medieval wife’s sexual entitlement banged against her husband’s love

Guilhelm (William) IX of Aquitaine

In our age of ignorance, bigotry, and superstition, many believe that trobairitz and troubadours were medieval folk singers who sang only ennobling love songs. That’s fake history, the medievalism of fantasy, an ideological fabrication in support of today’s men-oppressing cult of courtly love. Trobairitz and troubadours were elite women and men. Their songs included earthy appreciation for sexuality and lower bodily functions as well as sophisticated, critical considerations of dominant structures of gynocentric gender oppression. A unjustly marginalized song of trobairitz and troubadour, wife and husband, deserves more attention than numerous conventional songs of men-abasing courtly love.

In this greatly under-appreciated song, a troubadour singing to a trobairitz described in the third person a difficult marital situation. He recounted:

I have heard a lady who complained
about her husband, and I can tell you her grievance:
he never put it in more than half-way when she gave herself to him,
and for this she wanted her right to be upheld,
so that the lacking and the harm to her
he would come to rectify at once,
no more doing her wrong
with what he holds out.

{ Una dona ai auzit que s’es clamada
de son marit. e sai·us dir de que·s rancura:
qu’anc non lo·y mes mas de mieg, pus li fon dada;
e d’aquo volia que·l fezes drechura,
que la falhida e·l dan
li esmende d’er enan
e que no·l fes tort en re
d’aquo que li·n arete. }

The medieval Christian ideal of marriage was an equal conjugal partnership, not courtly love. Medieval Christian spouses had an obligation to fulfill each other’s requests for sex. That was called the marital debt. Yet women’s sexuality has long been valued more highly than men’s. Women are thus prone to acquire a sense of sexual entitlement. The wife described herself as “giving herself” to her husband, and she didn’t appreciate her husband giving himself to her. She wanted more than he gave. Like a woman claiming child support from a man that she has raped, the wife asserted her sexual right.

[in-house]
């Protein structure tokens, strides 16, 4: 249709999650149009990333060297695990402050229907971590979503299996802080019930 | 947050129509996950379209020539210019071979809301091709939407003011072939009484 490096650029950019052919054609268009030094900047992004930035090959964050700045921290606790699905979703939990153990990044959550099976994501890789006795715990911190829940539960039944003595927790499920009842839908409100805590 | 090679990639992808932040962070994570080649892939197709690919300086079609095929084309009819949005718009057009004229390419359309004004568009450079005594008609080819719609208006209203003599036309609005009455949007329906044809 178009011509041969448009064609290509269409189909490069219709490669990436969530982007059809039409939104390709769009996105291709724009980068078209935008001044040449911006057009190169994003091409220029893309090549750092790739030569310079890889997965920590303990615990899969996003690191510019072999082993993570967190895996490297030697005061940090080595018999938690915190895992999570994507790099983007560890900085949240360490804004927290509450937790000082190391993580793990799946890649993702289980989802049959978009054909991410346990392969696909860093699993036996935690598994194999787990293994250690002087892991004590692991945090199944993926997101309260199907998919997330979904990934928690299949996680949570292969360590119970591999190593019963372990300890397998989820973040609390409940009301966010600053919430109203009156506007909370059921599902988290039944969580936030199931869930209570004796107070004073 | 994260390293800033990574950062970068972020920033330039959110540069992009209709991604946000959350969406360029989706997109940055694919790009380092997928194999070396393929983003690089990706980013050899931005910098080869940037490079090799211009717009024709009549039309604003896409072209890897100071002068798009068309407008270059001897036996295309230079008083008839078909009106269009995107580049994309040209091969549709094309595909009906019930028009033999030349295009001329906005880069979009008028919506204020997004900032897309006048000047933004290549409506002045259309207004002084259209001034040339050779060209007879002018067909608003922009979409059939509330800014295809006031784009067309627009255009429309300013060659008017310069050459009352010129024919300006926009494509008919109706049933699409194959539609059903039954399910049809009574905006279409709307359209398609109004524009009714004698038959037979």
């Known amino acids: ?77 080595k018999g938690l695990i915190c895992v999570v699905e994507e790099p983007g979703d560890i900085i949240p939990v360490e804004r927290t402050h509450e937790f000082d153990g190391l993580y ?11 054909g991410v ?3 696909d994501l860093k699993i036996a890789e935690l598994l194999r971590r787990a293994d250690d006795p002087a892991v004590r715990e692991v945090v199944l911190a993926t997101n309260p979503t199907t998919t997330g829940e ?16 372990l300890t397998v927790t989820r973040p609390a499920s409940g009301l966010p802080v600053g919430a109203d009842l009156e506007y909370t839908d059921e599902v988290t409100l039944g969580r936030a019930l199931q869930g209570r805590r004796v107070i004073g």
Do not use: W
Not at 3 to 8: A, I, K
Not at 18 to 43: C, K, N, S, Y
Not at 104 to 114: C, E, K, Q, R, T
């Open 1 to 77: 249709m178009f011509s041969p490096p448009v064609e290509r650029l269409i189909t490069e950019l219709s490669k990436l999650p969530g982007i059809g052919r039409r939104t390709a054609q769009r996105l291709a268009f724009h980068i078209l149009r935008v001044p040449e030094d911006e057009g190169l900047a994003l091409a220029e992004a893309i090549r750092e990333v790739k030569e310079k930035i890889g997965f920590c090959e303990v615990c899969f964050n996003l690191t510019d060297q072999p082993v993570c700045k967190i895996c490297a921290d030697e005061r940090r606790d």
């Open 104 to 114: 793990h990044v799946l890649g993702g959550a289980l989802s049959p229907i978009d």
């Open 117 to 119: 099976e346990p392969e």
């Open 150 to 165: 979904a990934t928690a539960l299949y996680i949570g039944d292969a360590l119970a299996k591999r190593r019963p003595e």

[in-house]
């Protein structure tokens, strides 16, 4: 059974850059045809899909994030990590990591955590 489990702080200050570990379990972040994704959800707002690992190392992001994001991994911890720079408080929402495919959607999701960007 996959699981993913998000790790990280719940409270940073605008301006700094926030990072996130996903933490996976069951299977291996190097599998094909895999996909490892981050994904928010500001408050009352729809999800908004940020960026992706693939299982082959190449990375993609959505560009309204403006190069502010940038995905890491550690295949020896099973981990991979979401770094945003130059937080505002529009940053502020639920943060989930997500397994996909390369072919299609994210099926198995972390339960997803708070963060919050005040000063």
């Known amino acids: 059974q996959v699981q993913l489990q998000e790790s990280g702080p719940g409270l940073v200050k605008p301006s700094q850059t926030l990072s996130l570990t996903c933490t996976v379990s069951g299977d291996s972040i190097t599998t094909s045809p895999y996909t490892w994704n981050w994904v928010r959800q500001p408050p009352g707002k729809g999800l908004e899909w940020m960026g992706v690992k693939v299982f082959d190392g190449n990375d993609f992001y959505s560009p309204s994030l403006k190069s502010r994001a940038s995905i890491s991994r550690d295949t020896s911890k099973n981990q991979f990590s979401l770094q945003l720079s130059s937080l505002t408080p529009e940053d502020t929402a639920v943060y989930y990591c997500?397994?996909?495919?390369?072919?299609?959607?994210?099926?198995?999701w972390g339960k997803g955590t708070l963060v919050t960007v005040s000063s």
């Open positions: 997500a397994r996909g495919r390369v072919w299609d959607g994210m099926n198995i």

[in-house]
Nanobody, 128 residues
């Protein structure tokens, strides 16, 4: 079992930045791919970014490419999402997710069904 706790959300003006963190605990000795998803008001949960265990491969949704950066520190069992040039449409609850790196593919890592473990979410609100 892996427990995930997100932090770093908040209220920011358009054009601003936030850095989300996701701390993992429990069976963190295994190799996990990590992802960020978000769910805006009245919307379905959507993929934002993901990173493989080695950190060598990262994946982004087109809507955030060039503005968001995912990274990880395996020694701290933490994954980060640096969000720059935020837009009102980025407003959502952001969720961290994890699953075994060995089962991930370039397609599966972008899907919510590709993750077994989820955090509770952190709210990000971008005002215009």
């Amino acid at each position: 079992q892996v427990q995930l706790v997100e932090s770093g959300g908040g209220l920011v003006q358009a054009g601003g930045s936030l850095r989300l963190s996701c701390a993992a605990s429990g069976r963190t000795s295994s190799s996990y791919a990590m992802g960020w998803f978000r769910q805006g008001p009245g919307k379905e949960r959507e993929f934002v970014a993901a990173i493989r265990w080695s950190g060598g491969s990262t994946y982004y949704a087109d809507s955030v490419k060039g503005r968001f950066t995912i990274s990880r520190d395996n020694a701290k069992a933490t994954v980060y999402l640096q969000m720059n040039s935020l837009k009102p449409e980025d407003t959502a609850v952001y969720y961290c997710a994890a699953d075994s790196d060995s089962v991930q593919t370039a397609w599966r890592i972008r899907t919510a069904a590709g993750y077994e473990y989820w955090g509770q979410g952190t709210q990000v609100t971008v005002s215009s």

Not sexually ungenerous, the husband didn’t go in more than half-way out of love for his wife. The troubadour recounted:

And her husband responded to her as it pleased him,
and told her the reason he gave it to her in moderation:
he had a bigger one than any man of that place,
and he feared that she surely would die
if he didn’t hold back,
for he had one so large,
that he could kill her with it
if he had no compassion for her.

{ E son marit li respos si com l’agrada,
et dis razo per que lo·j mes de mezura:
major l’a que negus hom de l’encontrada;
e temeria que fos de mort segura
si non l’anava palpan,
c’a desmezura l’a gran:
ausir la poiria be
si no·l avia merce. }

Dying in love passion is a gender-neutral poetic figure. Lucius, transformed into a donkey in Apuleius’s second-century Metamorphoses, wrongly worried about hurting a woman with his penis. Many men similarly internalize representations of their love-making organ as a weapon of violence. Such poetic simple-mindedness harms both men and women.

In response to the troubadour’s account, the trobairitz identified the husband as her husband. She asserted her evaluation of the matter:

All that you have heard him say is the boasting
of my husband, who doesn’t, I believe, have one so large.
I believe not even half of what he says he has,
such have I felt a lack and an inadequacy.
And he says that he might kill me with it,
yet of that I have no fear;
indeed, the one he has for me is too small,
and about this he has lied to me.

{ Tot aiso que l’auzes dir es guabaria
a mo marit, qu’ieu non cug n’aja sobreira;
ni la mitat d’aco que di cre que sia,
que·l frachur’ay ieu sentid’ e la nessieira.
E ditz que aussiria m’en,
et ieu no·n ai espaven;
ans l’a a mos obs petit,
e d’aco eys a mentit. }

Men’s bodies and men’s performance are subject to the female gaze and female evaluation. Is it any wonder that men feel pressure to put meat on table?

In response to the trobairitz belittling her husband, the troubadour identified himself as her husband. He strongly criticized his wife for not appreciating his compassion for her:

Wife, what you seek is grand madness!
And I should warn you well from the start,
that I could destroy one who has no other illness,
and you would want to die in such a way?
If I hadn’t had such sense,
as to have consideration,
it would be choosing sorrow
for you, and there’s no gratitude for me.

{ Molher, vos aves dezir de gran folia!
E deuria vos ben castiar la premieira,
qu’ieu l’ausis, c’anc non ac autra malautia:
e vos volriatz morir d’aital maneira?
S’ieu non agues tan de sen
com ai avut chauzimen,
pessaza for’ essernit
de vos: e no m’es grazit. }

Most husbands love their wives and seek to do what is best for their wives. Wives should show more gratitude for their husbands, as Boncompagno taught wives in twelfth-century Bologna.

The trobairitz, a strong, independent woman, instructed her husband on what he should do in bed with her. She declared:

Husband, you should cease the harm you do
and reduce the evil done to me, discerning a better way.
If you can do it so that you hear me cry out and yell,
by ruling over me in my loins and killing it,
I will give you a fighting partner
who triumphs, but doesn’t strike,
who is pleased when he is struck
and doesn’t become less daring.

{ Marit, de trastot lo dan vos fas fi faire
e del mal que·m podetz far, al mieu albire:
si me·n podetz far sentir qu’en crit ni·n braire